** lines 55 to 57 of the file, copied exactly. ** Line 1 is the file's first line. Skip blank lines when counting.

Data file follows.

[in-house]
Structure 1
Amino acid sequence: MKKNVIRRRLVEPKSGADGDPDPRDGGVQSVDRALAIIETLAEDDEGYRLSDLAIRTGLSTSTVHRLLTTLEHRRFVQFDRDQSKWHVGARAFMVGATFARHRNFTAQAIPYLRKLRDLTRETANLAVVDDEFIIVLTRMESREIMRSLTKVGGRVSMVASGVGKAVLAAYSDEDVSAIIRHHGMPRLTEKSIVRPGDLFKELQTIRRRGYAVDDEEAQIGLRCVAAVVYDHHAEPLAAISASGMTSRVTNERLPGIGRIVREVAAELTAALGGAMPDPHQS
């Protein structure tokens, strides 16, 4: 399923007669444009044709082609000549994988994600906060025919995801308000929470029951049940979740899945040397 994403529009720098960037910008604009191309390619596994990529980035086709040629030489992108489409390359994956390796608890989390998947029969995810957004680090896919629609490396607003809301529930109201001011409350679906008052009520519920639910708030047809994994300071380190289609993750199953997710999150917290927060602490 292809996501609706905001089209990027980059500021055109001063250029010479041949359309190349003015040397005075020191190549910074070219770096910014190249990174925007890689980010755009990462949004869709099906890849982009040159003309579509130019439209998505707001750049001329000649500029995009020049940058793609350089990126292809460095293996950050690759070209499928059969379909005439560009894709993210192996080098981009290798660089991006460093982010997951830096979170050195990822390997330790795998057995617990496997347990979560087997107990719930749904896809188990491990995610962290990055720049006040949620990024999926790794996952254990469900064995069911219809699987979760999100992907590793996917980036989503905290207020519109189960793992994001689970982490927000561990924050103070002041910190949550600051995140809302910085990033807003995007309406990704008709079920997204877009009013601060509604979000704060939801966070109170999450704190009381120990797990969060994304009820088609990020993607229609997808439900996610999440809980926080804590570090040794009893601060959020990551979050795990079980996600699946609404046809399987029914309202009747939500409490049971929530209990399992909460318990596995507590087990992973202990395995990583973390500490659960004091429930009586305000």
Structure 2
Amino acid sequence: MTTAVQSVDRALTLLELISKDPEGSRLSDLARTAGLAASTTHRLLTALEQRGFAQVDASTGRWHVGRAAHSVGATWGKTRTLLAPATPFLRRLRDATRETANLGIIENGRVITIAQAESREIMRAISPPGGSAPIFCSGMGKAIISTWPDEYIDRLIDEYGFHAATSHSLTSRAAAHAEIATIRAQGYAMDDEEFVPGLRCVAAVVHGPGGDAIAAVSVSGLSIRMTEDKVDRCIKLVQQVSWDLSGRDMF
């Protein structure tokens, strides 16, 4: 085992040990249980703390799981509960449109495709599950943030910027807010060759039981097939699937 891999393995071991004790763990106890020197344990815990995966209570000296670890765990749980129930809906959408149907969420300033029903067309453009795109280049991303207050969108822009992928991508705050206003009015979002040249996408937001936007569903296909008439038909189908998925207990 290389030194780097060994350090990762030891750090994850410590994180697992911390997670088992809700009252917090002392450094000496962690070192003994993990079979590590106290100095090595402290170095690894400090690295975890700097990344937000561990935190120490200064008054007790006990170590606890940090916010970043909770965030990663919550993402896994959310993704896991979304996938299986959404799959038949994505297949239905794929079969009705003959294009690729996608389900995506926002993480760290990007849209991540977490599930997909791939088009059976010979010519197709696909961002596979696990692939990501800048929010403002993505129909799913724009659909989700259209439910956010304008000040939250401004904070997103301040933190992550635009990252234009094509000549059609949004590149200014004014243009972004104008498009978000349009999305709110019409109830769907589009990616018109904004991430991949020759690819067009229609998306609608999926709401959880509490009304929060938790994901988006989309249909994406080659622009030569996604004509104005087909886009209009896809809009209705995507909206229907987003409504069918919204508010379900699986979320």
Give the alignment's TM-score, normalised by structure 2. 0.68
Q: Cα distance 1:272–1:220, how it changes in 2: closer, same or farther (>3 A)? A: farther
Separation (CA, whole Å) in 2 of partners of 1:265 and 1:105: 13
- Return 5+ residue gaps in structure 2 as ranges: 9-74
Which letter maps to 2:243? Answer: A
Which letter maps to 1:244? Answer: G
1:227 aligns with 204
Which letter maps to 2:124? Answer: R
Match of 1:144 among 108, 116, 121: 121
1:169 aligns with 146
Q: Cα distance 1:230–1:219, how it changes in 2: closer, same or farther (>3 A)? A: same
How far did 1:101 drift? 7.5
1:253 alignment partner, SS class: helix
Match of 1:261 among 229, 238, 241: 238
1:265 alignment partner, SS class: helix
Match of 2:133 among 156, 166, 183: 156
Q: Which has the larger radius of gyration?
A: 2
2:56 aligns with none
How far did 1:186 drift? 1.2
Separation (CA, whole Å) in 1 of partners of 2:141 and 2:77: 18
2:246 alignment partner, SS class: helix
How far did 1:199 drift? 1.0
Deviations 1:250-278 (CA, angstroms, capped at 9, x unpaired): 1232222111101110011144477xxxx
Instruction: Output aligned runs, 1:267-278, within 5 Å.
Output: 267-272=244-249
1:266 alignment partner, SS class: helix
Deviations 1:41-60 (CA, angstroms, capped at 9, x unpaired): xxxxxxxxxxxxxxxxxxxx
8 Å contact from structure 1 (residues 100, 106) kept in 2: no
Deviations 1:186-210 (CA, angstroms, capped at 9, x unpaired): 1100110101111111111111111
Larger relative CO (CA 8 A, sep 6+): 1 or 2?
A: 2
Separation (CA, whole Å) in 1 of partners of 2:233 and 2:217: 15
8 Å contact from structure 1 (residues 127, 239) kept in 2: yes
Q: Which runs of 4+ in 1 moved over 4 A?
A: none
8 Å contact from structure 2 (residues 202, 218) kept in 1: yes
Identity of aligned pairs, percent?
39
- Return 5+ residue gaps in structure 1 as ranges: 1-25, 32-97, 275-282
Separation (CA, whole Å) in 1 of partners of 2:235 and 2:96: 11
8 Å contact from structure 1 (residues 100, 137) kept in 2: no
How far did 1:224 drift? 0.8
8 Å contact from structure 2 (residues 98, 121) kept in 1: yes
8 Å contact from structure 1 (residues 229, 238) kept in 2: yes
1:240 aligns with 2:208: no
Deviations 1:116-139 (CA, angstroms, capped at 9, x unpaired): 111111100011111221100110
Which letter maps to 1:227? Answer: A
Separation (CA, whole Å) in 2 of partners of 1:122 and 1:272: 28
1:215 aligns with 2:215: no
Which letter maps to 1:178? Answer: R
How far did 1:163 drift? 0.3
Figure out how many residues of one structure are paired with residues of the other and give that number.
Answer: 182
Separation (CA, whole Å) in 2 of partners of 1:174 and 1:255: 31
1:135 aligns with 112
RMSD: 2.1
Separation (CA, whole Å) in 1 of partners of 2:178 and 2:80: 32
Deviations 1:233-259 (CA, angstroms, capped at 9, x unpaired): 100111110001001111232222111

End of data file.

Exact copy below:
Which letter maps to 1:227? Answer: A
Separation (CA, whole Å) in 2 of partners of 1:122 and 1:272: 28
1:215 aligns with 2:215: no